Kagoya, Yuki



School of Medicine, Institute for Advanced Medical Research Division of Tumor Immunology (Shinanomachi)



E-mail Address

E-mail address

Related Websites

Contact Address

Shinanomachi 35, Shinjuku, Tokyo, Japan

Telephone No.


Fax No.


Profile 【 Display / hide

  • Yuki Kagoya received his MD at the University of Tokyo in 2007 and completed clinical training for Internal Medicine, Hematology & Medical Oncology, and Transplantation Medicine. Dr. Kagoya was then involved in basic research on leukemia initiating cells during his PhD training. After obtaining PhD, he joined Dr. Naoto Hirano’s laboratory at Princess Margaret Cancer Centre, Toronto to be dedicated to research on cancer immunology and immunotherapy (2014-2018). He served on Aichi Cancer Center Research Institute as the Principal Investigator for 3 years prior to his recruitment to Keio University.

Career 【 Display / hide

  • 2007.04

    Kanto Rosai Hospital, 内科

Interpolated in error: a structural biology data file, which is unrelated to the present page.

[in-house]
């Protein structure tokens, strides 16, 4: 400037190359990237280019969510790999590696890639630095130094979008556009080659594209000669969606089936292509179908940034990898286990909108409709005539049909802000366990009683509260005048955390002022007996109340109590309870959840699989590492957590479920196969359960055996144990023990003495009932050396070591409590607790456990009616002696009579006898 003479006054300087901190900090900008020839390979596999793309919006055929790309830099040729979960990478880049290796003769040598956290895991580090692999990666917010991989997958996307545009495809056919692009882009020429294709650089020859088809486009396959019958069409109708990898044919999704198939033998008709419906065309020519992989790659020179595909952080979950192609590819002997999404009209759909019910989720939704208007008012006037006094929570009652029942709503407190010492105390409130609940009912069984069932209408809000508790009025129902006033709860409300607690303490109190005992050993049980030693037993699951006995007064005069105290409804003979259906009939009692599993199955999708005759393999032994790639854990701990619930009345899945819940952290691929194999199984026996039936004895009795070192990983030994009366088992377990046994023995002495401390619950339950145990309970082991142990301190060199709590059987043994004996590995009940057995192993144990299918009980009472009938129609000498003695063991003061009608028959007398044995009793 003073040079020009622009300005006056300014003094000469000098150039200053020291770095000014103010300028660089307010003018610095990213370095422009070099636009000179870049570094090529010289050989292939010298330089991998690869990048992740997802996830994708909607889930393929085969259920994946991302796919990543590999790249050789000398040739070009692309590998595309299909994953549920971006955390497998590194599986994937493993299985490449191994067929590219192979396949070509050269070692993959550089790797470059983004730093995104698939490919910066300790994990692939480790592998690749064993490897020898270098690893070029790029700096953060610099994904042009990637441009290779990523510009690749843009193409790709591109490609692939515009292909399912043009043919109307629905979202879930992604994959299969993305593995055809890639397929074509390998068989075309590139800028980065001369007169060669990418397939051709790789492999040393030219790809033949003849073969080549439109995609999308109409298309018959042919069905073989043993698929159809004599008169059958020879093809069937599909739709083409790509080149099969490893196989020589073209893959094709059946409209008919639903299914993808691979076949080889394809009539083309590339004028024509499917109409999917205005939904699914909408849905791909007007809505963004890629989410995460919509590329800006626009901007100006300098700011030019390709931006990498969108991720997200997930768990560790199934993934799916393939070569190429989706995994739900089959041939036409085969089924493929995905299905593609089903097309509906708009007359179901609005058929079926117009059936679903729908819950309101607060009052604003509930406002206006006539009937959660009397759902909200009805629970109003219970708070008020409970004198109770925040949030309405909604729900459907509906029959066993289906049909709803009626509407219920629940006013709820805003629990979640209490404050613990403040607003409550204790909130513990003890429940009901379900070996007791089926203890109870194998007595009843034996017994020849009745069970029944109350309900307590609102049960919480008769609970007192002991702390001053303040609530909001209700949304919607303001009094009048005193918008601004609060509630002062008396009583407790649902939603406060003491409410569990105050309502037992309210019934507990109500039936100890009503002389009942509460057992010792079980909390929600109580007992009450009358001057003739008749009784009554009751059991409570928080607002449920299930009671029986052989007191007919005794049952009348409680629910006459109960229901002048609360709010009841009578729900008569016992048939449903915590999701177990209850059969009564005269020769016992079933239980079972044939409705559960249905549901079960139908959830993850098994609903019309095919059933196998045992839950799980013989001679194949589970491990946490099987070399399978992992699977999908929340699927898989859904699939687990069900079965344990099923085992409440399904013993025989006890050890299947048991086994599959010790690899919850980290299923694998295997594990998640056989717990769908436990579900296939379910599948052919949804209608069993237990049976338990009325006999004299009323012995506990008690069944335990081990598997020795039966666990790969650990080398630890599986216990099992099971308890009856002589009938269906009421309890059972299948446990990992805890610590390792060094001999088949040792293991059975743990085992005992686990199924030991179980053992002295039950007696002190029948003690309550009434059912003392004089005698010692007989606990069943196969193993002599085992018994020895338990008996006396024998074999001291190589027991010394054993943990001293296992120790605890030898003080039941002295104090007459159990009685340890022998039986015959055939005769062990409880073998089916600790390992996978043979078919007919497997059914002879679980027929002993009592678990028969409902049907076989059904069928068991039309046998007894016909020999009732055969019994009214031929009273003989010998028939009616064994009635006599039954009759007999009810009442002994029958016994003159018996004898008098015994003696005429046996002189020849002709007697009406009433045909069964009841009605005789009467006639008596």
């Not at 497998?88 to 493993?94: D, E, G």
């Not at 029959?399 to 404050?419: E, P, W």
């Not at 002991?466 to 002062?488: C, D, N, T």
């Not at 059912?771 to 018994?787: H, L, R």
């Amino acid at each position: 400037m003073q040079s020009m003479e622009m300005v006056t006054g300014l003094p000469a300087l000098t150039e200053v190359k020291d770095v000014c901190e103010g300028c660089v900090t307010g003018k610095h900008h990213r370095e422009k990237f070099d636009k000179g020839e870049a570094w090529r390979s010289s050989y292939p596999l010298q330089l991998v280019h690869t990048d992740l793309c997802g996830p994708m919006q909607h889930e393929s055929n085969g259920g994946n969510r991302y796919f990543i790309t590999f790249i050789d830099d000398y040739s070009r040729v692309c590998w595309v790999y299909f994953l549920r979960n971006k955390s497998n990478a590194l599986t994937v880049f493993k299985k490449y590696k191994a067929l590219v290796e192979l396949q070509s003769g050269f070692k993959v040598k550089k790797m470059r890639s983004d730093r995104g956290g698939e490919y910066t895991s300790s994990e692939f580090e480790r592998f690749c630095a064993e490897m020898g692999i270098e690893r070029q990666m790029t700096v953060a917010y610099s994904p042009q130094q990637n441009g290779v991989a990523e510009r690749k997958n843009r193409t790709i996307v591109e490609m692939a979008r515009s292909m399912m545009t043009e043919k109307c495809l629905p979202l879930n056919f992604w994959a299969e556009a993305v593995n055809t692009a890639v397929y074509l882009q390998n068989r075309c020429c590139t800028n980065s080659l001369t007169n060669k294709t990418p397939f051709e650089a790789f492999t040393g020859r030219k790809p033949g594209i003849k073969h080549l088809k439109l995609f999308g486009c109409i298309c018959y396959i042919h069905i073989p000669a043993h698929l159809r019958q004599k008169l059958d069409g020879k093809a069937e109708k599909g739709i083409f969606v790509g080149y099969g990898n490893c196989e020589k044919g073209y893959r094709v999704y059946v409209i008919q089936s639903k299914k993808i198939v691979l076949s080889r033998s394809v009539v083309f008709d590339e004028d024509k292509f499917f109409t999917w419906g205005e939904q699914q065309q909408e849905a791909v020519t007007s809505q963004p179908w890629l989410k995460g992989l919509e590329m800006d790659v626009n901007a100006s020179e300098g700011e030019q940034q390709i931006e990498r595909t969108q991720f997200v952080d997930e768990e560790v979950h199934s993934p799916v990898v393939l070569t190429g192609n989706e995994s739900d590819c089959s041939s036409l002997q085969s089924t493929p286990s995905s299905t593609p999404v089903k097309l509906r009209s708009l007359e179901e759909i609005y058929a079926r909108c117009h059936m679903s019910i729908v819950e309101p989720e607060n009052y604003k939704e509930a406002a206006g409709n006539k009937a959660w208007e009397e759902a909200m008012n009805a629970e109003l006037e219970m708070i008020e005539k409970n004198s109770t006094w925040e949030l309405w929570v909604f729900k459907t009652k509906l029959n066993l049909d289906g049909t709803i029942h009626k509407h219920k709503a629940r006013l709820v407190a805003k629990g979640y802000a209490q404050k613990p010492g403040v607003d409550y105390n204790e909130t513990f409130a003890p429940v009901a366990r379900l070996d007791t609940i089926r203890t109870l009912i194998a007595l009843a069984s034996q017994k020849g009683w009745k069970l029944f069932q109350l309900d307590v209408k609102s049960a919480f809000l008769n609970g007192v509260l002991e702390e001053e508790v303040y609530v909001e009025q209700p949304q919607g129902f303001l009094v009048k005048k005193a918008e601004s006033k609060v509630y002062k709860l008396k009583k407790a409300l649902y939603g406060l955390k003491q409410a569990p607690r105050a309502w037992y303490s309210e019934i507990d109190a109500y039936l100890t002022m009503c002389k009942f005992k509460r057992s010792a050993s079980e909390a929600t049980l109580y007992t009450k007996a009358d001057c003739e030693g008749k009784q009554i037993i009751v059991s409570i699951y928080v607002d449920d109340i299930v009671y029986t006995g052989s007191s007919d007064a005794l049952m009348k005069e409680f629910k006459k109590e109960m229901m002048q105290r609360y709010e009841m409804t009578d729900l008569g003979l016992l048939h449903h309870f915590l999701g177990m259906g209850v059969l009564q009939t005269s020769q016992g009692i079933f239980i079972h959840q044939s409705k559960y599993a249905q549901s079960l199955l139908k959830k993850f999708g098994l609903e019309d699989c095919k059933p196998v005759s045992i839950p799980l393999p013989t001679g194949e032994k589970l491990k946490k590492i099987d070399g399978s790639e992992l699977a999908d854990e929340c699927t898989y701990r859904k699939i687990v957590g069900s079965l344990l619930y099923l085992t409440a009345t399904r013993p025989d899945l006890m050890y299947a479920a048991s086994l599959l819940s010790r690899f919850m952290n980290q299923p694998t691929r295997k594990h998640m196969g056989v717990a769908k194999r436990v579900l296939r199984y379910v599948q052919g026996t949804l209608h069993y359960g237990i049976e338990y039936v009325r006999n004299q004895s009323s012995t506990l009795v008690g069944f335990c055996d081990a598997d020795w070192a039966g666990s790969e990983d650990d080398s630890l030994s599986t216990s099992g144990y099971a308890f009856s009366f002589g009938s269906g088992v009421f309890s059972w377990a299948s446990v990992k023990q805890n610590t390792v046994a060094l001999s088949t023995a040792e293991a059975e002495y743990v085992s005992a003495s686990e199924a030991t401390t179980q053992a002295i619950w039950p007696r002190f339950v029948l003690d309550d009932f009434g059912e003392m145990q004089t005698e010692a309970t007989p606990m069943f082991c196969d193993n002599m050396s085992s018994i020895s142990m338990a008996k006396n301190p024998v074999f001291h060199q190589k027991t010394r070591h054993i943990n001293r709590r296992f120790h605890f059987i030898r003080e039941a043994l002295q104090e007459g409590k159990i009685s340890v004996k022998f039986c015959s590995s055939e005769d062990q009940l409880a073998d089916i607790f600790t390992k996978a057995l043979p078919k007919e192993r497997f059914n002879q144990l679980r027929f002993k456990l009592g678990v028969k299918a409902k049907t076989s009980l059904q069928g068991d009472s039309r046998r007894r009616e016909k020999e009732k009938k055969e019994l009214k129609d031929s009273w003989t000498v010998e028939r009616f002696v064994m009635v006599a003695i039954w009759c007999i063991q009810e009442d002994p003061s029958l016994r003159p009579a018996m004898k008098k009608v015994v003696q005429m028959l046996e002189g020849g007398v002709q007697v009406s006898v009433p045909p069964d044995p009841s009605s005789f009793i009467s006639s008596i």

• 2013.04

    The University of Tokyo, Faculty of Medicine University Hospital Heamatology and Oncology, Research Fellow

  • 2013.10

    The University of Tokyo, Faculty of Medicine University Hospital Heamatology and Oncology, Assistant Professor

  • 2014.06

    Princess Margaret Cancer Centre, Tumor Immunotherapy Program, Research Fellow

  • 2018.06

    The University of Tokyo, Faculty of Medicine University Hospital, Assistant Professor

display all >>

Academic Background 【 Display / hide

  • 2001.04

    The University of Tokyo, Faculty of Medicine, 医学科

  • 2009.04

    The University of Tokyo, Graduate School of Medicine

Academic Degrees 【 Display / hide

  • Ph.D., The University of Tokyo, Coursework, 2013.03


Research Areas 【 Display / hide

  • Life Science / Immunology (cancer immunology; cancer immunotherapy; cell therapy; molecular cell biology, hematology and medical oncology)


Papers 【 Display / hide

  • CD83 expression characterizes precursor exhausted T cell population

    Zhiwen Wu, Toshiaki Yoshikawa, Satoshi Inoue, Yusuke Ito, Hitomi Kasuya, Takahiro Nakashima, Haosong Zhang, Saki Kotaka, Waki Hosoda, Shiro Suzuki, Yuki Kagoya